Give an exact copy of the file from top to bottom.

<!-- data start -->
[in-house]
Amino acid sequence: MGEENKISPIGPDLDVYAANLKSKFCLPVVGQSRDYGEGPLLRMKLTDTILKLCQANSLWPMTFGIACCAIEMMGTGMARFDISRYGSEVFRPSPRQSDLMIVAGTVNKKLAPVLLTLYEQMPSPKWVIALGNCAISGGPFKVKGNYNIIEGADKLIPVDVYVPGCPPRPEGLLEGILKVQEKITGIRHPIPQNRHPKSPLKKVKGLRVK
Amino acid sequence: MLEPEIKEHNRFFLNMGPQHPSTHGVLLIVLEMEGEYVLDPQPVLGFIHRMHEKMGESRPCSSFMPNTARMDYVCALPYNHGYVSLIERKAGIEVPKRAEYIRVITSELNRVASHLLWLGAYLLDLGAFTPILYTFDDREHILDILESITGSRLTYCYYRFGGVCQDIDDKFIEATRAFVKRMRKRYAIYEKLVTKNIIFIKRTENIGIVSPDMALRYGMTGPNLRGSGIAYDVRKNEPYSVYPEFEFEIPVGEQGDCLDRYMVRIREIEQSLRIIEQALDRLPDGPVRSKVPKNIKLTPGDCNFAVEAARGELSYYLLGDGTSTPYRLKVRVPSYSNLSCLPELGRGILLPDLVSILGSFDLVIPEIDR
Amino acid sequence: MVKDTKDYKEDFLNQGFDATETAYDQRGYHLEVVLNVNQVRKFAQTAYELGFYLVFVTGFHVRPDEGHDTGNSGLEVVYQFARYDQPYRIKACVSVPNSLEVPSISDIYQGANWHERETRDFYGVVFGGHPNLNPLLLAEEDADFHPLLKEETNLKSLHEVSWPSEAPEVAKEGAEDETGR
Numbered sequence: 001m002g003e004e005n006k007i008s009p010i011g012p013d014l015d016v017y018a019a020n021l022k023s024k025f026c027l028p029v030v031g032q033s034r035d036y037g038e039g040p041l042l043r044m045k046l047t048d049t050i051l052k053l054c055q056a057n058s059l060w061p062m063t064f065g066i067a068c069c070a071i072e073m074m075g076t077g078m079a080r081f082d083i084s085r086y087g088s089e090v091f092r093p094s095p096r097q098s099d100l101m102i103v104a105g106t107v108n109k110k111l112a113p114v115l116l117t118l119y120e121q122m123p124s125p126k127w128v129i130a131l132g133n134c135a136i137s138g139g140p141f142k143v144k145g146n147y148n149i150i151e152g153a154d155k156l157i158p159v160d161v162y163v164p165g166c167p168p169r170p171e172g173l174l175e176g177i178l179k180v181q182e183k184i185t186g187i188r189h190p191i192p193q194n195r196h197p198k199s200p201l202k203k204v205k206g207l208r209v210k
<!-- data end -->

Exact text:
[in-house]
Amino acid sequence: MGEENKISPIGPDLDVYAANLKSKFCLPVVGQSRDYGEGPLLRMKLTDTILKLCQANSLWPMTFGIACCAIEMMGTGMARFDISRYGSEVFRPSPRQSDLMIVAGTVNKKLAPVLLTLYEQMPSPKWVIALGNCAISGGPFKVKGNYNIIEGADKLIPVDVYVPGCPPRPEGLLEGILKVQEKITGIRHPIPQNRHPKSPLKKVKGLRVK
Amino acid sequence: MLEPEIKEHNRFFLNMGPQHPSTHGVLLIVLEMEGEYVLDPQPVLGFIHRMHEKMGESRPCSSFMPNTARMDYVCALPYNHGYVSLIERKAGIEVPKRAEYIRVITSELNRVASHLLWLGAYLLDLGAFTPILYTFDDREHILDILESITGSRLTYCYYRFGGVCQDIDDKFIEATRAFVKRMRKRYAIYEKLVTKNIIFIKRTENIGIVSPDMALRYGMTGPNLRGSGIAYDVRKNEPYSVYPEFEFEIPVGEQGDCLDRYMVRIREIEQSLRIIEQALDRLPDGPVRSKVPKNIKLTPGDCNFAVEAARGELSYYLLGDGTSTPYRLKVRVPSYSNLSCLPELGRGILLPDLVSILGSFDLVIPEIDR
Amino acid sequence: MVKDTKDYKEDFLNQGFDATETAYDQRGYHLEVVLNVNQVRKFAQTAYELGFYLVFVTGFHVRPDEGHDTGNSGLEVVYQFARYDQPYRIKACVSVPNSLEVPSISDIYQGANWHERETRDFYGVVFGGHPNLNPLLLAEEDADFHPLLKEETNLKSLHEVSWPSEAPEVAKEGAEDETGR
Numbered sequence: 001m002g003e004e005n006k007i008s009p010i011g012p013d014l015d016v017y018a019a020n021l022k023s024k025f026c027l028p029v030v031g032q033s034r035d036y037g038e039g040p041l042l043r044m045k046l047t048d049t050i051l052k053l054c055q056a057n058s059l060w061p062m063t064f065g066i067a068c069c070a071i072e073m074m075g076t077g078m079a080r081f082d083i084s085r086y087g088s089e090v091f092r093p094s095p096r097q098s099d100l101m102i103v104a105g106t107v108n109k110k111l112a113p114v115l116l117t118l119y120e121q122m123p124s125p126k127w128v129i130a131l132g133n134c135a136i137s138g139g140p141f142k143v144k145g146n147y148n149i150i151e152g153a154d155k156l157i158p159v160d161v162y163v164p165g166c167p168p169r170p171e172g173l174l175e176g177i178l179k180v181q182e183k184i185t186g187i188r189h190p191i192p193q194n195r196h197p198k199s200p201l202k203k204v205k206g207l208r209v210k